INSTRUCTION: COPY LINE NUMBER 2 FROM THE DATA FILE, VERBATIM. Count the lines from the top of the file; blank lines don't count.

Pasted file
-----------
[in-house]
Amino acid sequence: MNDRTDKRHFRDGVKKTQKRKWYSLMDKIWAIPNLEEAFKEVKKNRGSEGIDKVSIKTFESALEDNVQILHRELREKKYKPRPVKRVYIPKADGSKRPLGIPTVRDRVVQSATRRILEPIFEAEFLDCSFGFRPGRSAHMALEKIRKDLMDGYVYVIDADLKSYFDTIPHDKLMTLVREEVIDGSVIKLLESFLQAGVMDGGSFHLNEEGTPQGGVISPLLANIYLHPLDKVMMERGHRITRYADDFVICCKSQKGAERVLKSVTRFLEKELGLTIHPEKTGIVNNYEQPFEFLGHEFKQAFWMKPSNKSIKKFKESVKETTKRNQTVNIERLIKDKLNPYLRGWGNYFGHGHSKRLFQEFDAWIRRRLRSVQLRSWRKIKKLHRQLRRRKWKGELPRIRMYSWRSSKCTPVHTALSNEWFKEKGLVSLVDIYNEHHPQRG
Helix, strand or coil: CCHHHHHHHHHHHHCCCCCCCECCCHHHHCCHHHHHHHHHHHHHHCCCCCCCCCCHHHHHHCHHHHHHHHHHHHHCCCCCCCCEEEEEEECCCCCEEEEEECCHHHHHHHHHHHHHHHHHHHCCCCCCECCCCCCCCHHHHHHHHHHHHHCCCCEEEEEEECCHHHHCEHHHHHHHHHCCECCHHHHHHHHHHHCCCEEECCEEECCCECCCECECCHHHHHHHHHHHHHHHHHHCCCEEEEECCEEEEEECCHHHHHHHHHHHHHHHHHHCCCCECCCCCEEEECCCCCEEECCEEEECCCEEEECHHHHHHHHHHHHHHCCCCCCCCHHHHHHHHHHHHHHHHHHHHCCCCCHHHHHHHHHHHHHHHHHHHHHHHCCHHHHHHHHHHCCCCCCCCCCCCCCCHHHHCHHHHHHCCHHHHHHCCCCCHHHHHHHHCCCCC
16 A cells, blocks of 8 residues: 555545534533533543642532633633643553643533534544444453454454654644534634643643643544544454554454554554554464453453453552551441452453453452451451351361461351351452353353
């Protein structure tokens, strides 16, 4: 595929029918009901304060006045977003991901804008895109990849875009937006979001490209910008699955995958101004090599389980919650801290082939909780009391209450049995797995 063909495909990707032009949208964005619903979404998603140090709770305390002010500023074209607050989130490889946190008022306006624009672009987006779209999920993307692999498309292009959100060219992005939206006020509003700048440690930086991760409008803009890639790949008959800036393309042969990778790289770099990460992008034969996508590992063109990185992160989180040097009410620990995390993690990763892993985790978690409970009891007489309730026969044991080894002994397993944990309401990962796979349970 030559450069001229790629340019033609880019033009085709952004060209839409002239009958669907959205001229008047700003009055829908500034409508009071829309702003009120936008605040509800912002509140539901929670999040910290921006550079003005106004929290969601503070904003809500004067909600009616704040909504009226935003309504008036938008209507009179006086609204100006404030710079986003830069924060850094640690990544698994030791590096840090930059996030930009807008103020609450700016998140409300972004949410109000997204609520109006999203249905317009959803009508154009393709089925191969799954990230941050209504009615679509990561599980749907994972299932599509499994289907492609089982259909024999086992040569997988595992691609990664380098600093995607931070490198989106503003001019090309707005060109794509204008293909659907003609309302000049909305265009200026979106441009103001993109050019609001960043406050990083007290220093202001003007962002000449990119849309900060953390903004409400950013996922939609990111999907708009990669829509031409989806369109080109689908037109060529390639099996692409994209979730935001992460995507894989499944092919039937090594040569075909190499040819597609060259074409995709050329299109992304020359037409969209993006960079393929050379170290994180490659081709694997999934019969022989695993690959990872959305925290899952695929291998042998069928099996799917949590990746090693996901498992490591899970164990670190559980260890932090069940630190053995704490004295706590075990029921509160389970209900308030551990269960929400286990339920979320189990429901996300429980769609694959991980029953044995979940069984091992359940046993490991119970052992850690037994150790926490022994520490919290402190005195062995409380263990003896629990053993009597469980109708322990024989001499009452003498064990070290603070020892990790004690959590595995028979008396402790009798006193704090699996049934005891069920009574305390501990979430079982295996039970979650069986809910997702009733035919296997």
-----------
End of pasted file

Amino acid sequence: MNDRTDKRHFRDGVKKTQKRKWYSLMDKIWAIPNLEEAFKEVKKNRGSEGIDKVSIKTFESALEDNVQILHRELREKKYKPRPVKRVYIPKADGSKRPLGIPTVRDRVVQSATRRILEPIFEAEFLDCSFGFRPGRSAHMALEKIRKDLMDGYVYVIDADLKSYFDTIPHDKLMTLVREEVIDGSVIKLLESFLQAGVMDGGSFHLNEEGTPQGGVISPLLANIYLHPLDKVMMERGHRITRYADDFVICCKSQKGAERVLKSVTRFLEKELGLTIHPEKTGIVNNYEQPFEFLGHEFKQAFWMKPSNKSIKKFKESVKETTKRNQTVNIERLIKDKLNPYLRGWGNYFGHGHSKRLFQEFDAWIRRRLRSVQLRSWRKIKKLHRQLRRRKWKGELPRIRMYSWRSSKCTPVHTALSNEWFKEKGLVSLVDIYNEHHPQRG